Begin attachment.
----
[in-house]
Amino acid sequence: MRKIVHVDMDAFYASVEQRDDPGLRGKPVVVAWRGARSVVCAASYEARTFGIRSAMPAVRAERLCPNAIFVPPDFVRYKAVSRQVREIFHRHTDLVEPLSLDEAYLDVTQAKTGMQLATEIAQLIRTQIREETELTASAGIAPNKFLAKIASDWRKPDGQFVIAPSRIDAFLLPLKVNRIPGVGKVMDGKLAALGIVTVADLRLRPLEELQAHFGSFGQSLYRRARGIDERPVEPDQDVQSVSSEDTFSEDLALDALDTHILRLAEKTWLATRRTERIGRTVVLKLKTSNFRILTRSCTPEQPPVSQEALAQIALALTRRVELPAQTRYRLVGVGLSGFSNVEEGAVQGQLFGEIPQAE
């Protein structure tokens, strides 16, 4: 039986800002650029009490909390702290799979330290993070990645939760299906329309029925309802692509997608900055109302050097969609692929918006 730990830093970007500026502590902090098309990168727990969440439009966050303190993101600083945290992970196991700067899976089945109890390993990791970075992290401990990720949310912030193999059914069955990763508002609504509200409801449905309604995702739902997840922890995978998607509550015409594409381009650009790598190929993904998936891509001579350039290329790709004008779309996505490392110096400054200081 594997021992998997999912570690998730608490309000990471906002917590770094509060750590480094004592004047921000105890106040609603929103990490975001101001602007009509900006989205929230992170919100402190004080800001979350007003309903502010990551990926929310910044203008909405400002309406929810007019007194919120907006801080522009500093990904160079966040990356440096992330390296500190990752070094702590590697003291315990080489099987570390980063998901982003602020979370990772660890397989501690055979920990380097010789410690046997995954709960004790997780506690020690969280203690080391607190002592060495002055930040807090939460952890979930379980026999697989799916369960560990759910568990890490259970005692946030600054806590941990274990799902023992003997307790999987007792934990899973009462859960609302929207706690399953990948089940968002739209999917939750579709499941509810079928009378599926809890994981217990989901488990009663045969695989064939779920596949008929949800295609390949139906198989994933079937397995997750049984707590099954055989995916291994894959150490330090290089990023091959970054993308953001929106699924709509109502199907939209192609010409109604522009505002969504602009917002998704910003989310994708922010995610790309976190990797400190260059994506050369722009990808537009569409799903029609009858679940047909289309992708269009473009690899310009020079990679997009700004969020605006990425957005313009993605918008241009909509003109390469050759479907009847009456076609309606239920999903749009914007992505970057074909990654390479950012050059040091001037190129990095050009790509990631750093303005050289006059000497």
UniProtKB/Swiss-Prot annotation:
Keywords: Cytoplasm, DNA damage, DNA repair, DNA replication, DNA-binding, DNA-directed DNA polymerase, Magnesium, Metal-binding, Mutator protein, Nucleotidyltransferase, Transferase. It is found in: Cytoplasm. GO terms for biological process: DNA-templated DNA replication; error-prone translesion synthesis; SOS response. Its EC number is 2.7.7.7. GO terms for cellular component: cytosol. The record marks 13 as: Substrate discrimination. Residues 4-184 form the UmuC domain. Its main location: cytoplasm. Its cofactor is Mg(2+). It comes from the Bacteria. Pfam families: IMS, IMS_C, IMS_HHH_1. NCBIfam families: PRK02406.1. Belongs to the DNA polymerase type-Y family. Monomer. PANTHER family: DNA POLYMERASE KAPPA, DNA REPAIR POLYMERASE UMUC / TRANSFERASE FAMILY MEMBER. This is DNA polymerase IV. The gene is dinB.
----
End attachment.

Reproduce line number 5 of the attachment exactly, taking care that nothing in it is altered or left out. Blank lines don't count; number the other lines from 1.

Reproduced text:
Keywords: Cytoplasm, DNA damage, DNA repair, DNA replication, DNA-binding, DNA-directed DNA polymerase, Magnesium, Metal-binding, Mutator protein, Nucleotidyltransferase, Transferase. It is found in: Cytoplasm. GO terms for biological process: DNA-templated DNA replication; error-prone translesion synthesis; SOS response. Its EC number is 2.7.7.7. GO terms for cellular component: cytosol. The record marks 13 as: Substrate discrimination. Residues 4-184 form the UmuC domain. Its main location: cytoplasm. Its cofactor is Mg(2+). It comes from the Bacteria. Pfam families: IMS, IMS_C, IMS_HHH_1. NCBIfam families: PRK02406.1. Belongs to the DNA polymerase type-Y family. Monomer. PANTHER family: DNA POLYMERASE KAPPA, DNA REPAIR POLYMERASE UMUC / TRANSFERASE FAMILY MEMBER. This is DNA polymerase IV. The gene is dinB.